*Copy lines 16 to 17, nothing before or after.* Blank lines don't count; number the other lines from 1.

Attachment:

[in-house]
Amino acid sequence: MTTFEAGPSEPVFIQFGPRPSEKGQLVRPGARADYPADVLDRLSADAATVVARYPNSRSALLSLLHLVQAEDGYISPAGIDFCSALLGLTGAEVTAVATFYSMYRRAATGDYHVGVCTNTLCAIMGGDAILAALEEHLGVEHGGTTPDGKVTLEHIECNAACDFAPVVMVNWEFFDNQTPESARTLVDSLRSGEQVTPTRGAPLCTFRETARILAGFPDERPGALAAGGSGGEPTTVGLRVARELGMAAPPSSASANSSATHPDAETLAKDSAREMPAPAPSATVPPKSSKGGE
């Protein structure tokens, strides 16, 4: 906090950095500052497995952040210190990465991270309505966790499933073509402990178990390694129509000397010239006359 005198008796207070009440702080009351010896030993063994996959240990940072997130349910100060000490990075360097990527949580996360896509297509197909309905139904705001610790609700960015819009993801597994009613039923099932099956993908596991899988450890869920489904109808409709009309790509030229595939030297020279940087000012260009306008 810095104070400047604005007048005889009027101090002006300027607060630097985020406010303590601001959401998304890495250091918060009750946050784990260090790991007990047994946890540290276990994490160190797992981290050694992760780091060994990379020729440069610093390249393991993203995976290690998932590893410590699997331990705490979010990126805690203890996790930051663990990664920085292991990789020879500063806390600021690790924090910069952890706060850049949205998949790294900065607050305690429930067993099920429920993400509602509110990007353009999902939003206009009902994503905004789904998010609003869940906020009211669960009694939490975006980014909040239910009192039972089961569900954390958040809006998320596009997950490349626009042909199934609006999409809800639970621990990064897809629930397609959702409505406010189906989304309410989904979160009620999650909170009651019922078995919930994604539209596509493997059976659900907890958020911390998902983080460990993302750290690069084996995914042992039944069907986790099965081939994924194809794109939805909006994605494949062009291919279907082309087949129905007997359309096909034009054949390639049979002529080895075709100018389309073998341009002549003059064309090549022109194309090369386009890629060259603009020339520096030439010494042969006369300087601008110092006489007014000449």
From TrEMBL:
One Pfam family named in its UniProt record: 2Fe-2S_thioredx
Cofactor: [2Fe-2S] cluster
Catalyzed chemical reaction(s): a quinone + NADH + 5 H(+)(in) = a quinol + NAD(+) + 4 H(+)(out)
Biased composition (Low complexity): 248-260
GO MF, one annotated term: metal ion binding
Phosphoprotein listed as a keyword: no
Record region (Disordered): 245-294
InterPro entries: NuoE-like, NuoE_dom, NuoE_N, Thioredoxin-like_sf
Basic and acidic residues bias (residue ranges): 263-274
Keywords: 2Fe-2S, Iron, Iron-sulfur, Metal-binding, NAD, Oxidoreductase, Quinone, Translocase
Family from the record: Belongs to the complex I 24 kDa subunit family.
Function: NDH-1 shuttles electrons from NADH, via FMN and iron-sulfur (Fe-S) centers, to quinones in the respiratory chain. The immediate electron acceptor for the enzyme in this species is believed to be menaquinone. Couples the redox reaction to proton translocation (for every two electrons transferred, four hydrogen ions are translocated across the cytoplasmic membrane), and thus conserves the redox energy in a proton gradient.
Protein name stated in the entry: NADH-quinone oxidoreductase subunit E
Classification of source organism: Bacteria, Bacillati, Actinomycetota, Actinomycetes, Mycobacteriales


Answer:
Function: NDH-1 shuttles electrons from NADH, via FMN and iron-sulfur (Fe-S) centers, to quinones in the respiratory chain. The immediate electron acceptor for the enzyme in this species is believed to be menaquinone. Couples the redox reaction to proton translocation (for every two electrons transferred, four hydrogen ions are translocated across the cytoplasmic membrane), and thus conserves the redox energy in a proton gradient.
Protein name stated in the entry: NADH-quinone oxidoreductase subunit E